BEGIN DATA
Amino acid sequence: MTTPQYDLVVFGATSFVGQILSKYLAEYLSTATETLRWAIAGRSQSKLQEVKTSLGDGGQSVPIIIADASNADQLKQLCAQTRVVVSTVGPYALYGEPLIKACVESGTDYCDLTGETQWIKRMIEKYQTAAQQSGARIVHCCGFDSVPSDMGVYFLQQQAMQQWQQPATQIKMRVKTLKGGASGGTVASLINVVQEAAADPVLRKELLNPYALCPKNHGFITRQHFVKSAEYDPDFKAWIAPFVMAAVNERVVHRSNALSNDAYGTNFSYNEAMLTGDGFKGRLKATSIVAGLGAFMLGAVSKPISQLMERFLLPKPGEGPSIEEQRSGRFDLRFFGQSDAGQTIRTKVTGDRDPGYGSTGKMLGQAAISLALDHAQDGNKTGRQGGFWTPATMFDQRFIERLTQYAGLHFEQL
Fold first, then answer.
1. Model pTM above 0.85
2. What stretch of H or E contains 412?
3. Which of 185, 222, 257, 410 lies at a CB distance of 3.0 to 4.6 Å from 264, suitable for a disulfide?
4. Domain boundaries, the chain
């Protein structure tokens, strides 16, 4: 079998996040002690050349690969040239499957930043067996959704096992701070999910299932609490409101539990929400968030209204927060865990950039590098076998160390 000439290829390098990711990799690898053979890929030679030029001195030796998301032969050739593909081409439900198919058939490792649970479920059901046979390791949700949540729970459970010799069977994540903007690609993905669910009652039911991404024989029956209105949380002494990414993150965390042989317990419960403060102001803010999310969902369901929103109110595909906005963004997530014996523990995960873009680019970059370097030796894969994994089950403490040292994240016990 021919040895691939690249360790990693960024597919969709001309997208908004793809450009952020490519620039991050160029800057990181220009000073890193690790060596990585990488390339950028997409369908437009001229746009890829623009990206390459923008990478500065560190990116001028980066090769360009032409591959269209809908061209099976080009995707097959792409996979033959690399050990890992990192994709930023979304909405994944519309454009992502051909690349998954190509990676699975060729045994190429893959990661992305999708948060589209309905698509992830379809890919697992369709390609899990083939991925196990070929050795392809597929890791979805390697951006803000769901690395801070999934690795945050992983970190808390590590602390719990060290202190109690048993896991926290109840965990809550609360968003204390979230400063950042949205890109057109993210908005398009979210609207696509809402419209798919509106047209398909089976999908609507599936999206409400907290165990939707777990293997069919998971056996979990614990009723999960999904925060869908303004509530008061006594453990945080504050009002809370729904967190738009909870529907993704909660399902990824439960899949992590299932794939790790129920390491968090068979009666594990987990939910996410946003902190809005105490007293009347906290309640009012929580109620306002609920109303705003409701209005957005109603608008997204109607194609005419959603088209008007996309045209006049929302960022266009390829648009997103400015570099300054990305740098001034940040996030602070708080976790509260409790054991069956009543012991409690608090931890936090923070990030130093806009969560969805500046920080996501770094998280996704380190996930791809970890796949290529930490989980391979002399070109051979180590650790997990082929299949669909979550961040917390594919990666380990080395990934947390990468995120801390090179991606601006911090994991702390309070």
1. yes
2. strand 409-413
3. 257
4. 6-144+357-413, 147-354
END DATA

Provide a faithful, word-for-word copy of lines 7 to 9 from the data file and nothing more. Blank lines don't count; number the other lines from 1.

């Protein structure tokens, strides 16, 4: 079998996040002690050349690969040239499957930043067996959704096992701070999910299932609490409101539990929400968030209204927060865990950039590098076998160390 000439290829390098990711990799690898053979890929030679030029001195030796998301032969050739593909081409439900198919058939490792649970479920059901046979390791949700949540729970459970010799069977994540903007690609993905669910009652039911991404024989029956209105949380002494990414993150965390042989317990419960403060102001803010999310969902369901929103109110595909906005963004997530014996523990995960873009680019970059370097030796894969994994089950403490040292994240016990 021919040895691939690249360790990693960024597919969709001309997208908004793809450009952020490519620039991050160029800057990181220009000073890193690790060596990585990488390339950028997409369908437009001229746009890829623009990206390459923008990478500065560190990116001028980066090769360009032409591959269209809908061209099976080009995707097959792409996979033959690399050990890992990192994709930023979304909405994944519309454009992502051909690349998954190509990676699975060729045994190429893959990661992305999708948060589209309905698509992830379809890919697992369709390609899990083939991925196990070929050795392809597929890791979805390697951006803000769901690395801070999934690795945050992983970190808390590590602390719990060290202190109690048993896991926290109840965990809550609360968003204390979230400063950042949205890109057109993210908005398009979210609207696509809402419209798919509106047209398909089976999908609507599936999206409400907290165990939707777990293997069919998971056996979990614990009723999960999904925060869908303004509530008061006594453990945080504050009002809370729904967190738009909870529907993704909660399902990824439960899949992590299932794939790790129920390491968090068979009666594990987990939910996410946003902190809005105490007293009347906290309640009012929580109620306002609920109303705003409701209005957005109603608008997204109607194609005419959603088209008007996309045209006049929302960022266009390829648009997103400015570099300054990305740098001034940040996030602070708080976790509260409790054991069956009543012991409690608090931890936090923070990030130093806009969560969805500046920080996501770094998280996704380190996930791809970890796949290529930490989980391979002399070109051979180590650790997990082929299949669909979550961040917390594919990666380990080395990934947390990468995120801390090179991606601006911090994991702390309070």
1. yes
2. strand 409-413